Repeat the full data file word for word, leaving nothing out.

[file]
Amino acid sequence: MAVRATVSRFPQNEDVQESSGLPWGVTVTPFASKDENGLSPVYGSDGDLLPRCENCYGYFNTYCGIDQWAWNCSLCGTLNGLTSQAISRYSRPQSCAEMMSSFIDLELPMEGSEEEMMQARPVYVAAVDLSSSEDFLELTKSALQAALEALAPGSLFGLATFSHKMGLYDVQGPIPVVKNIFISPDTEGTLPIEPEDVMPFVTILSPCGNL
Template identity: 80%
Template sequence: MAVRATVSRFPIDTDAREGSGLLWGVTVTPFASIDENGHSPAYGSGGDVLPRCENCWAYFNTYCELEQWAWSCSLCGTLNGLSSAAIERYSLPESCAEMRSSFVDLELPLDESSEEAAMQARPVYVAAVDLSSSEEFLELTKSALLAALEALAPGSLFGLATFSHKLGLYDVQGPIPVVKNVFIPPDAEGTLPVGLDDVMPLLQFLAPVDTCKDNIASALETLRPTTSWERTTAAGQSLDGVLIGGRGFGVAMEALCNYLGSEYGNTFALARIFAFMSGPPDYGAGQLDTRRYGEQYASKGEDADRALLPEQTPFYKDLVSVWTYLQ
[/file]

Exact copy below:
Amino acid sequence: MAVRATVSRFPQNEDVQESSGLPWGVTVTPFASKDENGLSPVYGSDGDLLPRCENCYGYFNTYCGIDQWAWNCSLCGTLNGLTSQAISRYSRPQSCAEMMSSFIDLELPMEGSEEEMMQARPVYVAAVDLSSSEDFLELTKSALQAALEALAPGSLFGLATFSHKMGLYDVQGPIPVVKNIFISPDTEGTLPIEPEDVMPFVTILSPCGNL
Template identity: 80%
Template sequence: MAVRATVSRFPIDTDAREGSGLLWGVTVTPFASIDENGHSPAYGSGGDVLPRCENCWAYFNTYCELEQWAWSCSLCGTLNGLSSAAIERYSLPESCAEMRSSFVDLELPLDESSEEAAMQARPVYVAAVDLSSSEEFLELTKSALLAALEALAPGSLFGLATFSHKLGLYDVQGPIPVVKNVFIPPDAEGTLPVGLDDVMPLLQFLAPVDTCKDNIASALETLRPTTSWERTTAAGQSLDGVLIGGRGFGVAMEALCNYLGSEYGNTFALARIFAFMSGPPDYGAGQLDTRRYGEQYASKGEDADRALLPEQTPFYKDLVSVWTYLQ